The "Welcome" arch had moved from the visitor entrance of the 44th Haddenham Steam Rally as it formed a centrepiece to a reproduction agricultural trade stand of the local firm of James Graven & sons. Tying in nicely with various Ford & Fordson themes seen at other rallies this year, this stand featured tractors sold new by the firm who were Fordson and later Ford Motor Co main agents, selling both tractors and cars. The stand was situated across a corner plot and looked very good, reminding me of the similar Massey Ferguson Red Giants stand Holbach did some years back. This gathering of Ford tractors allowed most of the other tractors (except for the Ferguson club and Newman restorations) to be gathered together in one area.
I thought there was quite a good mix with several different mounted and trailed implements and trailers. Moving up-field, the previously well-established layout had had a bit of a make-over, with motorbikes moving down-field to face the tractors. However, this shorter display line did mean there had to be a second row facing the other way to accommodate all the exhibitors. These looked onto the back of a short line of classic caravans and then three or four rows of classic cars, which again ranged from pre-war through to the late 1980s. Nothing particularly unusual, apart from the very early maybe even veteran Renault but you had to admire the Heath-Robinson style temporary hood on the Hillman convertible, definitely needed given the heavy showers that were forecast and arrived as expected.
Apart from a few heavy commercials alongside the roadways, the rest of the lorries occupied a couple of rows facing each other where the motorbikes have previously stood. This seemed to work quite well and nice to see the old Patriotic Roadways AEC Mercury out on the road again, no prizes for guessing what south Lincs character may own that AEC! Sunday saw a couple of Bedford OB coaches in attendance, one apparently converted to living accommodation and the other belonging to Dews Coaches, complete with a few passengers wearing period dress for the day.
One of the highlights of the weekend was seeing Abel's Removals through the ages, starting with the horse-drawn van being paraded around by Goodwin's Shires, then on the 1930s Bedford M-type with reconstructed pantechnicon body, culminating in the DAF XF tractor unit which carried the others to the show, all in their trademark colour. Abel's have taken time and care to furnish the older vehicles with a selection of packing crates and rugs etc to give the flavour of old-style removals. I can recall the horse-drawn van being at places like the East of England Show as a kid, so good to see the heritage is still being supported by the firm. There were a few heavy horses about for the whole weekend, and more came on Sunday just for the Heavy Horse Show held on site.
Some of the horses were coupled up to period implements and demonstrated on the working field through the hedge to the north of the site. At the time of visiting there were only a couple of tractors working so the mechanical element was a little disappointing, but the horses never disappoint. No change really in the stationary engine lines, but here's hoping both John & David make full recoveries from their recent health issues over the weekend.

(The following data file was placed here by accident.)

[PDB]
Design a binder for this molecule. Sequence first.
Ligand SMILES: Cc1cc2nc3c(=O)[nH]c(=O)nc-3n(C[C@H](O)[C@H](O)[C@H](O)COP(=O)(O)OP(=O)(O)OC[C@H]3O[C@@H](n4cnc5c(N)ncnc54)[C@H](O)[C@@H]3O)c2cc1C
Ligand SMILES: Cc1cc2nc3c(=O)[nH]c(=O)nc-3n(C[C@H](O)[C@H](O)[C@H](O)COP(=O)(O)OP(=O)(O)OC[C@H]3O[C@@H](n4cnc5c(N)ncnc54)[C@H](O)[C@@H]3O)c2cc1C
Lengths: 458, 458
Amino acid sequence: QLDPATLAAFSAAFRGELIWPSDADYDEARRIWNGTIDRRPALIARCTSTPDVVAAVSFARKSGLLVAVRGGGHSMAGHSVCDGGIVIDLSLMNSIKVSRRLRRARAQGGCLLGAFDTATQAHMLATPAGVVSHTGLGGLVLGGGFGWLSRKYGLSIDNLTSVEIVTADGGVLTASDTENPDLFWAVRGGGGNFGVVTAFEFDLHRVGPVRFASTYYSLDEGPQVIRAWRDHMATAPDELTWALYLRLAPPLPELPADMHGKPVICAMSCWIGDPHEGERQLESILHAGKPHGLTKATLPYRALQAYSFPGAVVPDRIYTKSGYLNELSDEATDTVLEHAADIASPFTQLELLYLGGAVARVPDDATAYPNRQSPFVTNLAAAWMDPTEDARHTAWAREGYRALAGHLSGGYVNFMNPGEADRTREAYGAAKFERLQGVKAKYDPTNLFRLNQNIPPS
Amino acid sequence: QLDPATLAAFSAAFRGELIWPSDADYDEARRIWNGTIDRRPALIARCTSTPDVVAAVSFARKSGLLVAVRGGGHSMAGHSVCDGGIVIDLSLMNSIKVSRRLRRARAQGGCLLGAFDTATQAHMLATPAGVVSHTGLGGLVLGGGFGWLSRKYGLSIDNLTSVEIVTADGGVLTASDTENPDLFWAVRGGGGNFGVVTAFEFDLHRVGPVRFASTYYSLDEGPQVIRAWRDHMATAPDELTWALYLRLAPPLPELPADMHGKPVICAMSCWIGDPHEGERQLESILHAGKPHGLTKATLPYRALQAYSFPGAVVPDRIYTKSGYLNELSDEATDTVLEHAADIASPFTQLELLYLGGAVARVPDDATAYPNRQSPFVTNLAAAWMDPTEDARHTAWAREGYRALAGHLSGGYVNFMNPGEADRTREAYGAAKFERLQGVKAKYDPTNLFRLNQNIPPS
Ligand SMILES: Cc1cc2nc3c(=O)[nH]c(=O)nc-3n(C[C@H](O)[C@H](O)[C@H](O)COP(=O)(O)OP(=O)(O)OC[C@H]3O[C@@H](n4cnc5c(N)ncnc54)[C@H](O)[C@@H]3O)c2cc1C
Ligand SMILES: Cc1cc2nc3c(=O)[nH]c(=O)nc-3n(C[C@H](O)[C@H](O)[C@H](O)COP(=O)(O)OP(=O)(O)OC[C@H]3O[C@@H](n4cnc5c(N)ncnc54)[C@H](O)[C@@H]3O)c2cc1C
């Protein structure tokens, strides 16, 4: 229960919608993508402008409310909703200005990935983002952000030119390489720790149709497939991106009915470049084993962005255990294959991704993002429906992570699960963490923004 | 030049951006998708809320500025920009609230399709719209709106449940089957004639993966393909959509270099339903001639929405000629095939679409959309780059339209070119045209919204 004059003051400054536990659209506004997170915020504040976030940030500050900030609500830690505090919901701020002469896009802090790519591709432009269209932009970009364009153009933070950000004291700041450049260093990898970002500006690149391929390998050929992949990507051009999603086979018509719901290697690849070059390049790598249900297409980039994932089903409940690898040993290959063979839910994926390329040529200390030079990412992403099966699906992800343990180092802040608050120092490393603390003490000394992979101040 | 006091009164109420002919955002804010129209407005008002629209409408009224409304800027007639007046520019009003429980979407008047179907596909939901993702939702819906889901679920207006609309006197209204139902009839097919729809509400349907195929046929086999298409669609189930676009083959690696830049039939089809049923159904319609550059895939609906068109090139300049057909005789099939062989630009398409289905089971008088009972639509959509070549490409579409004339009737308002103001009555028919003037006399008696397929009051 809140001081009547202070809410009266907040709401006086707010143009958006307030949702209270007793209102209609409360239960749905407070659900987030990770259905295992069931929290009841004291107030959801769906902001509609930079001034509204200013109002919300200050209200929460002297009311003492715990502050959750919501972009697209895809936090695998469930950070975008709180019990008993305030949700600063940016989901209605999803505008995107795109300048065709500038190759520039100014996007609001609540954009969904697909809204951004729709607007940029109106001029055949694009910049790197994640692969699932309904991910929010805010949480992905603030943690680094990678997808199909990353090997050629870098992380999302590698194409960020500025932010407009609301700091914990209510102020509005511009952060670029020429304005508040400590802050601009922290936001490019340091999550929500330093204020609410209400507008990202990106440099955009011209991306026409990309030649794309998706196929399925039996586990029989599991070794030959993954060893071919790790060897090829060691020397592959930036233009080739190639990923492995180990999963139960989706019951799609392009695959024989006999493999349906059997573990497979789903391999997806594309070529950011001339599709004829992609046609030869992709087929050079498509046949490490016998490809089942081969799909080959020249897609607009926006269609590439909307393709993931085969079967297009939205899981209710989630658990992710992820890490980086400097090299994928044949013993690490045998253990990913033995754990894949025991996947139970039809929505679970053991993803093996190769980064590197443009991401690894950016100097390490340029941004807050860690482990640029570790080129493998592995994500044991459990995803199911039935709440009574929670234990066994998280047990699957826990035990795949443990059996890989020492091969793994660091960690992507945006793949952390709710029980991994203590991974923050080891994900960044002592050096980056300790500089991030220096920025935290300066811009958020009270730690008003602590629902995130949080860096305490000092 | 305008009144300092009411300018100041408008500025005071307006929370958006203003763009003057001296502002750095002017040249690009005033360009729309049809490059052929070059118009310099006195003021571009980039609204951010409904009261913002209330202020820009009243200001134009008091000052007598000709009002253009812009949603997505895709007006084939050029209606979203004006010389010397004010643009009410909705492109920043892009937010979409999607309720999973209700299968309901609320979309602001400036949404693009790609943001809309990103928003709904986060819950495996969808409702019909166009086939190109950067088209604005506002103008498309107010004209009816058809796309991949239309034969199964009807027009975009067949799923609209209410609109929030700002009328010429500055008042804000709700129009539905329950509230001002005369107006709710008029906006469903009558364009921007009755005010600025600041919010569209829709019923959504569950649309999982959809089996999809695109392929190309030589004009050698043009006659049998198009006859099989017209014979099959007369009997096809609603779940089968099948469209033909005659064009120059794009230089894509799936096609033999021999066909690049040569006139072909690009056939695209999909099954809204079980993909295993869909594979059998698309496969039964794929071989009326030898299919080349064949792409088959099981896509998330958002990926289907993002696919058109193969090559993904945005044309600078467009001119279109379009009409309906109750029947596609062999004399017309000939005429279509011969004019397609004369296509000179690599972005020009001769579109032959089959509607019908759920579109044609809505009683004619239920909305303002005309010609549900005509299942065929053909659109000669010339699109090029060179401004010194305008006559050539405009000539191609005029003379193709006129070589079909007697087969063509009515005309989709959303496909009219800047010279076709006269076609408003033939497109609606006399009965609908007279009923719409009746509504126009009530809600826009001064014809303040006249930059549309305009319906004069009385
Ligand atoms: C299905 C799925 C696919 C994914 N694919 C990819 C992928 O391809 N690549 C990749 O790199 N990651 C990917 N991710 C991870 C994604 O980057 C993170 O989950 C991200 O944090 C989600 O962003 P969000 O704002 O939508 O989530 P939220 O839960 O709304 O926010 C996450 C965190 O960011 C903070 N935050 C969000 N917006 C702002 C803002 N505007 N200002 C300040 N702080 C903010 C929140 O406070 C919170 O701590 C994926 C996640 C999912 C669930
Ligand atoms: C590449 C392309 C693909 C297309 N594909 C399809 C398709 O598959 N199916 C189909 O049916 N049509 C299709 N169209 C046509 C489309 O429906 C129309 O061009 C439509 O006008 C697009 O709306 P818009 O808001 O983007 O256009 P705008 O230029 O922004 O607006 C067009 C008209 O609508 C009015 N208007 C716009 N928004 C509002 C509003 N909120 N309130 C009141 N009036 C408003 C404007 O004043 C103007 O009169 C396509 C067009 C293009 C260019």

It will be interesting to see how the demise of Barleylands rally last year may affect the choice and numbers of engines on show, but there is place for all sorts of machinery, not just the biggest, best and rarest, as witnessed by those people who stopped to listen to the humble Lister Ds over the weekend. The craft & bygones marquee moved around the corner to be on the road-edge this year. This did open up the area for a line of steamers leading down to the large Wonderland organ with its two attendant large showmen's engines and then onto the Wall of Death and fairground area. There's obviously some history as to why Haddenham has steamers in this area, but like the tractors, you have to search them out to find all the participants.
Trade stands remain fairly constant in number and catering is fairly diverse, albeit located pretty much in just one area at the top of the arena near the bar. Doctor Busker performed his predictable stuff on Saturday night but Friday night saw the Ouse Valley Singles Club comedy skiffle band take to the stage for their first gig at a steam rally. I'm a bit of a fan of their humorous songs, which can be close to the knuckle at times, but the experience was spolit by enough people who seemed determined to talk over the music, so much so it really spolit my enjoyment and I left well before the end as a result.
There was alternative entertainment outside with the stage show and organs throughout the weekend. The weather was not particularly kind and rain early Friday night soon brought out the maintenance crew spreading wood chips over the main roadways to and from the gate, which helped enormously to stop the ground being cut-up. Heavy showers on Saturday were followed by gusty winds on Sunday, but the threat of imminent rain sent the visitors away relatively early and we were able to load up and get home at a reasonable time without getting wet.